My Friend from Across the Alley
By Eddie O'Neill
On a hot August day in 1982, the moving van pulled into our new house in the 6600 block of Kingsbury. University City MO. We had arrived from Virginia. I was ten years old. It didn't take long before someone had given my parents the "there are a couple of boys in the neighborhood that your kids could play with report." The list as I recall ended at two. There was Eddie Fairchild a few houses down on Kingsbury and Erik Rogers who live behind us just across the alley in the 6600 block of Waterman.
Eddie Fairchild didn't cut the mustard. I remember he came over once and I thought he was a little strange bordering on nerdy. However, Erik Rogers was okay. Our connection was sports - he liked sports; I liked sports. And thus began my close to thirty year friendship with my pal who lived just across the alley.
Some of those early memories of Erik and I being together consisted of going to St. Louis Steamer indoor soccer games outings organized by our dads. There was underlying tension of sorts in those early years due to the fact that I went St. Roch's grade school and he went to the public junior high, Britney Woods. Neither of us knew where the other was coming from. He probably thought that we Catholic schoolers had our rosaries in our hands and were on our knees in prayer for most of the day. At the same, I had no idea what kind of raucous activities went on at public junior high.
Sometime during those first few years in St. Louis, Erik's Dad installed a basketball hoop on the back of the family garage. When I heard the ball a bouncing after school I would usually head out back. We spent a fair amount of time together playing horse or tips or a variety of other games that we would fit the small confines of the 6600 block alley. Conjuring up strange sports with bizarre rules would be a reoccurring pastime for me and my U City cronies throughout much of me formative years.
Another connection that Erik and I had was music. I took up the trumpet as a freshman in high school and he played the saxophone. He was much better than me at his instrument. In short he took practice much more seriously. There were a number of times on warm summer evenings with our windows opened when we practice together trading riffs from house to house. I can recall him introducing me to something called the Jazz Fakebook - a thick tattered, worn spiral bound book that had the transcriptions to every imaginable jazz classic you could imagine. And he knew just about every one of them.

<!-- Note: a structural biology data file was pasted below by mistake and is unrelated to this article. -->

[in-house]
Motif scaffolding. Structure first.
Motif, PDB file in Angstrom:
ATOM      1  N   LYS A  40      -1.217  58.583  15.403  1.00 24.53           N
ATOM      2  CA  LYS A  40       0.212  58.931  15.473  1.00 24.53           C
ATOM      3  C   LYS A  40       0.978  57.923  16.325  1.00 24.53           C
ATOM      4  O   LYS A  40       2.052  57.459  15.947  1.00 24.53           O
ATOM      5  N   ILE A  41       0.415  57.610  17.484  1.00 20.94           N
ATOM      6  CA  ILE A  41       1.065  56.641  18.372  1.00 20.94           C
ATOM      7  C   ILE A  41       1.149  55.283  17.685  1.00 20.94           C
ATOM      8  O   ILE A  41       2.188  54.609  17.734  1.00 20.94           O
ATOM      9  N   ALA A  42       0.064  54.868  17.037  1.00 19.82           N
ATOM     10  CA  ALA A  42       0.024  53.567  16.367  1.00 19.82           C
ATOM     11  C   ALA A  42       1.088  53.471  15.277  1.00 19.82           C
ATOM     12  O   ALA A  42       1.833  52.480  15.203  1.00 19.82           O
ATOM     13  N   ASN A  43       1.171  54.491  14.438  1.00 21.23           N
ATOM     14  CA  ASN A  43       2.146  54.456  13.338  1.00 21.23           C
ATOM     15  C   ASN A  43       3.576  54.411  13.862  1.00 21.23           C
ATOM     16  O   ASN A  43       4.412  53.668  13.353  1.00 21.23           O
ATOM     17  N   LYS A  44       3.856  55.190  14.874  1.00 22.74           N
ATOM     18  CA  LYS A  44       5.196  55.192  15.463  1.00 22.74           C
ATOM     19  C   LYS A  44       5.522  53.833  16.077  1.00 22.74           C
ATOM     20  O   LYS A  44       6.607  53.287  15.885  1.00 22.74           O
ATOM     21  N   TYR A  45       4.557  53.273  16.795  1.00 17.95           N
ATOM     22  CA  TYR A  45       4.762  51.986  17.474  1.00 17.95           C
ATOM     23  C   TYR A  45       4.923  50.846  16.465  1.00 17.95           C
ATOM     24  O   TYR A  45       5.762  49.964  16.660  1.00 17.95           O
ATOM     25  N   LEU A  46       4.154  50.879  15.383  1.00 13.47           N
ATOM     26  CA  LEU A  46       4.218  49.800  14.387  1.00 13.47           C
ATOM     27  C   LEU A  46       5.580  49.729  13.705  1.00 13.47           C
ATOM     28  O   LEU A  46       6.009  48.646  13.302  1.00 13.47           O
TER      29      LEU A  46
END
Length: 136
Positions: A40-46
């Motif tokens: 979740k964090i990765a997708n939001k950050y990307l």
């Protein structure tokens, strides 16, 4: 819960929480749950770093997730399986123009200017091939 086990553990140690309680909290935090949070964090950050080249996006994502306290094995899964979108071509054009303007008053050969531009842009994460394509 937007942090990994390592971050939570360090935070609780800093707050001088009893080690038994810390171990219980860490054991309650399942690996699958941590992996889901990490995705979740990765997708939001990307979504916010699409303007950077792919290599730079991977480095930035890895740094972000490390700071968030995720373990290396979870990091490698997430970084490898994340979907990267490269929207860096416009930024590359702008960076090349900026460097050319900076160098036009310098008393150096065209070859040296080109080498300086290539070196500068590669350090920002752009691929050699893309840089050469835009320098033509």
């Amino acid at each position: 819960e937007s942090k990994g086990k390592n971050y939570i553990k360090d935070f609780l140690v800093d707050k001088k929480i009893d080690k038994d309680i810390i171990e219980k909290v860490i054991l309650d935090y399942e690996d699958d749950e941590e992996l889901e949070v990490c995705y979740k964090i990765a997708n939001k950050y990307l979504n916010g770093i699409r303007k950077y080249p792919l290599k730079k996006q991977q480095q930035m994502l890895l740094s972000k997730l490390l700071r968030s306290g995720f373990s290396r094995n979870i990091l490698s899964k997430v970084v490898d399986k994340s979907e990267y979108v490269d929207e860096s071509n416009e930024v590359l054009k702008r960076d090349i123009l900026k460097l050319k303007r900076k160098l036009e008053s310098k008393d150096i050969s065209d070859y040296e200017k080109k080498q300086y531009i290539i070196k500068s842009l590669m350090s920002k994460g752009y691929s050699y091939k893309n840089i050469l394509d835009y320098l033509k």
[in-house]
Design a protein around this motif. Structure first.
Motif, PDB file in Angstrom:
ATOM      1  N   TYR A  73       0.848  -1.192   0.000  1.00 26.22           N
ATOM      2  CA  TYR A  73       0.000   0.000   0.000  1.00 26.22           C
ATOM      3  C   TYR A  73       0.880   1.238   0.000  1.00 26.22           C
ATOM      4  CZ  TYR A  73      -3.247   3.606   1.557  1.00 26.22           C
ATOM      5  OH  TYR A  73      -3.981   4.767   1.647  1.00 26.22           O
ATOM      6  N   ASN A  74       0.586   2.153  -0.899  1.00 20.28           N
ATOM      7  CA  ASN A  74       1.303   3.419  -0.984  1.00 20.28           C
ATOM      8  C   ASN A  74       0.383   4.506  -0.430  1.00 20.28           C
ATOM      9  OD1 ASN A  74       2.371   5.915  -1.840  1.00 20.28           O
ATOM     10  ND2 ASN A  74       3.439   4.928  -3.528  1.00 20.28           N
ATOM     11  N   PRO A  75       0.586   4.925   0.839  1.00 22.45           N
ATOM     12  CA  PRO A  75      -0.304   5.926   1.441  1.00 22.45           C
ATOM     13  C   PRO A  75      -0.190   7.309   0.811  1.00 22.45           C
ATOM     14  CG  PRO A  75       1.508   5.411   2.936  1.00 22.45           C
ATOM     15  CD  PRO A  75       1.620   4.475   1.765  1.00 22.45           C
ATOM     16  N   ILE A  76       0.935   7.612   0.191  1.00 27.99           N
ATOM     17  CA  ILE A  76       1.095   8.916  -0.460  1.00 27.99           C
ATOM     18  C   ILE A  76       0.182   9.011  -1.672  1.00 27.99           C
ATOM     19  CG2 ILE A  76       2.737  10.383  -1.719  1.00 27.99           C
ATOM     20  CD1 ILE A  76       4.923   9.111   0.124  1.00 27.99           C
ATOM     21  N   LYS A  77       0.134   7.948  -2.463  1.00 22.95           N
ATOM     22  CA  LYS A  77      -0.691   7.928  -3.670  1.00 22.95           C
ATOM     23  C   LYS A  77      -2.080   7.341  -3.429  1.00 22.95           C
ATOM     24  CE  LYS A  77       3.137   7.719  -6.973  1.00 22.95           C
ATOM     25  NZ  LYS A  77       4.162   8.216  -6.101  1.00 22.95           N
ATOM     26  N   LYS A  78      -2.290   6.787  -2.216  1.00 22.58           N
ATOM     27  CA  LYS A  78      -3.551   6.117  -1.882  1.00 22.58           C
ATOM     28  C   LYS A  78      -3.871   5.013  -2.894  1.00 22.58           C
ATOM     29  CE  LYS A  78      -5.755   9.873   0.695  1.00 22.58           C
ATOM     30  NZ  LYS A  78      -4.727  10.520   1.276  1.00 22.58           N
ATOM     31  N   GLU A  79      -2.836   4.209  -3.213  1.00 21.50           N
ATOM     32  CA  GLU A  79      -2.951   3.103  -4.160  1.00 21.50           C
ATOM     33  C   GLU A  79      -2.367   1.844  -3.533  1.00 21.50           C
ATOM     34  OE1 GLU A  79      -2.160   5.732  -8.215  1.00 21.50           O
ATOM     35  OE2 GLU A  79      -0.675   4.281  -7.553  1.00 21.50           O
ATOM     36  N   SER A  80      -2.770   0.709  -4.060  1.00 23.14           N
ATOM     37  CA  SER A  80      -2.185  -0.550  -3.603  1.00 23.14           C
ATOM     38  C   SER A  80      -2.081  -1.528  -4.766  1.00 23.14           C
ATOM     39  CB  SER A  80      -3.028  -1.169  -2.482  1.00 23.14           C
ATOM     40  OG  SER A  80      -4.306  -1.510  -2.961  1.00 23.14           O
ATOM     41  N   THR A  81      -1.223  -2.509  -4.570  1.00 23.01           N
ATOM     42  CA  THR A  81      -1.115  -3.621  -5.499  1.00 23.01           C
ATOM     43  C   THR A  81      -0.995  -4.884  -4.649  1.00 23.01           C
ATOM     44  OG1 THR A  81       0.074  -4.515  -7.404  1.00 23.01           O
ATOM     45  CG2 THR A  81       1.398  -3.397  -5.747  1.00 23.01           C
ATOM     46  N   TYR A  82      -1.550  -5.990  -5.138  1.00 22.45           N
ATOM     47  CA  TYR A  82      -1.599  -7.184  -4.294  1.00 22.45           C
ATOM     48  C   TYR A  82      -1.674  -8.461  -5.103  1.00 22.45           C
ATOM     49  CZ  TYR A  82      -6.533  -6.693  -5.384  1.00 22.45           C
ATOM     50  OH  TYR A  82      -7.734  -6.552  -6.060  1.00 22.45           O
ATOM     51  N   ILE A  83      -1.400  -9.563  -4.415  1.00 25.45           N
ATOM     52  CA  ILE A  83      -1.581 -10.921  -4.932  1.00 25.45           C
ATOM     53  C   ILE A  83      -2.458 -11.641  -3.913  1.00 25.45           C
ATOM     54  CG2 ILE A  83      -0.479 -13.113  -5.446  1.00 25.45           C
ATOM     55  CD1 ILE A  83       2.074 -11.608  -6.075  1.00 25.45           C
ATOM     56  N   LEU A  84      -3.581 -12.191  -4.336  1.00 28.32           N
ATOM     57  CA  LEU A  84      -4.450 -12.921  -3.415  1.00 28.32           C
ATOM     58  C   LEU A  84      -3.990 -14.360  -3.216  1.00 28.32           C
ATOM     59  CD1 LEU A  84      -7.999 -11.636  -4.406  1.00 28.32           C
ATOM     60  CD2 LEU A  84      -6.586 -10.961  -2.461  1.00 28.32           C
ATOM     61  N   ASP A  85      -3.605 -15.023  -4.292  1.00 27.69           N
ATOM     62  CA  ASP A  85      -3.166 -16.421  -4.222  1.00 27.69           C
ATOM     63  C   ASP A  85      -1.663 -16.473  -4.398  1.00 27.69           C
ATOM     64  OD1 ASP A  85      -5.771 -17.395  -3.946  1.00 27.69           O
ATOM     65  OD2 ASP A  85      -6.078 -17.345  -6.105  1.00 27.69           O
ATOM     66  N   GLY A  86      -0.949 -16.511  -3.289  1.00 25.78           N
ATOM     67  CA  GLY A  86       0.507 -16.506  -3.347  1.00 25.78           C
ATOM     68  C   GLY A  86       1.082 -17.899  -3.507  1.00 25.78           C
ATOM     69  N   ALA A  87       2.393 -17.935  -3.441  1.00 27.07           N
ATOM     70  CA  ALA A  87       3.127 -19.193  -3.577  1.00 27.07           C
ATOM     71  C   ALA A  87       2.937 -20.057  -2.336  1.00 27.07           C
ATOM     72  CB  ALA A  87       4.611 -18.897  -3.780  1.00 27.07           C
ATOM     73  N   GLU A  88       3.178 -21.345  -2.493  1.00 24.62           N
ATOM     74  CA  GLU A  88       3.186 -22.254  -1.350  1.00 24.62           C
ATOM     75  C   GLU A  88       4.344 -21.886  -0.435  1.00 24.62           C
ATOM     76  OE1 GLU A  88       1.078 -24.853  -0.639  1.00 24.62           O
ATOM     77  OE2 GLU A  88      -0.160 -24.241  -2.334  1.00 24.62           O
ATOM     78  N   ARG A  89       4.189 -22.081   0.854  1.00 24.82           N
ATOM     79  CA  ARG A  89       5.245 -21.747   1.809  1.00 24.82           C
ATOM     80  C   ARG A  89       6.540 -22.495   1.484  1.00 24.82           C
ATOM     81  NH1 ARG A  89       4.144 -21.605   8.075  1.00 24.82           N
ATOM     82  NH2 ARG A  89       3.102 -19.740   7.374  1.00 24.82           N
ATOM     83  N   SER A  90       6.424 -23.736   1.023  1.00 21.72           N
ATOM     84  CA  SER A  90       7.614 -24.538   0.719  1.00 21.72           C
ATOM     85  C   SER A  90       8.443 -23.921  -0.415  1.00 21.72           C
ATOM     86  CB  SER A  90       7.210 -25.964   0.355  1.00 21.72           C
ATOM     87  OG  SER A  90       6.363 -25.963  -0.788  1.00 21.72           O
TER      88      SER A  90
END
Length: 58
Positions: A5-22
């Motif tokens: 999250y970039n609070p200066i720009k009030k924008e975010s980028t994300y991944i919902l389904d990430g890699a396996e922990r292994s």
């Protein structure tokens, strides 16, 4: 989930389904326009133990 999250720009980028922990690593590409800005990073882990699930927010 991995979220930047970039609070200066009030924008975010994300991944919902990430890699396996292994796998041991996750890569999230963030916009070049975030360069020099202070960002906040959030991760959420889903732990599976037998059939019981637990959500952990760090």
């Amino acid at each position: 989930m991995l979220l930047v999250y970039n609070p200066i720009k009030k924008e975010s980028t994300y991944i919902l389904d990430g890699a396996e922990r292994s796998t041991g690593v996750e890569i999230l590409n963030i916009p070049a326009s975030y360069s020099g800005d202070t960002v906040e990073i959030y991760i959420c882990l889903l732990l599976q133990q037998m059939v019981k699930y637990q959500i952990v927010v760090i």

Erik was a man who sought authenticity and truth. He would have much rather listen to the sounds of John Coltrane than the new saccharine jazz of Kenny G. He was a man of convictions and he knew what he wanted and was willing to do what it takes to reach those goals. Second place wasn't an option for him.
He was a gentleman who liked to have things clean and in order. He wore his shirts tucked in. He was never one to put you down because you weren't as good at something such as athletics or music. He respected you for where you were at.
As I reflect on those teen and college years, I cherish those memories. I am so grateful for all my U City neighborhood pals. As I look at my own family situation, I'm not sure my two boys will have an Erik Rogers to pal around with. These days real friends have been replaced with an endless list of Facebook friends. And Wii baseball in the comforts of one's living room has taken the spot of backyard whiffle ball on freshly cut grass.
While we grew up and went our separate ways, Erik and I kept in touch here and there, always picking up from the last stale sarcastic joke where we left off.
I was shocked when I got the news that Erik was unresponsive in a hospital in Kansas City. These things aren't supposed to happen. Thirty something dads with two little precious girls aren't supposed to die while trimming trees on a Sunday. Why Lord? What are you doing here? This doesn't make sense.
And as I shook my fist at the heavens angry and in disbelief, two silver linings have come to mind. First, I was touched by the fact that he has given new life to a number of people who have his organs. Someone can now see clearer or get off dialysis because of Erik. Death has brought new life.
As well his accident and his death are a wakeup call of sorts for us that life is so, so precious and it can be taken away in the snap of finger. It is a reminder to us what's really important such as family and friends.
I haven't been back to the old neighborhood in a while. I suspect that the old basketball hoop on the Rogers garage has long since been taken down. But the memories of my first U City pal, Eric Rogers won't go away I just wish they didn't have to end so abruptly.
Thanks Erik we sure do miss you!
July 24, 2011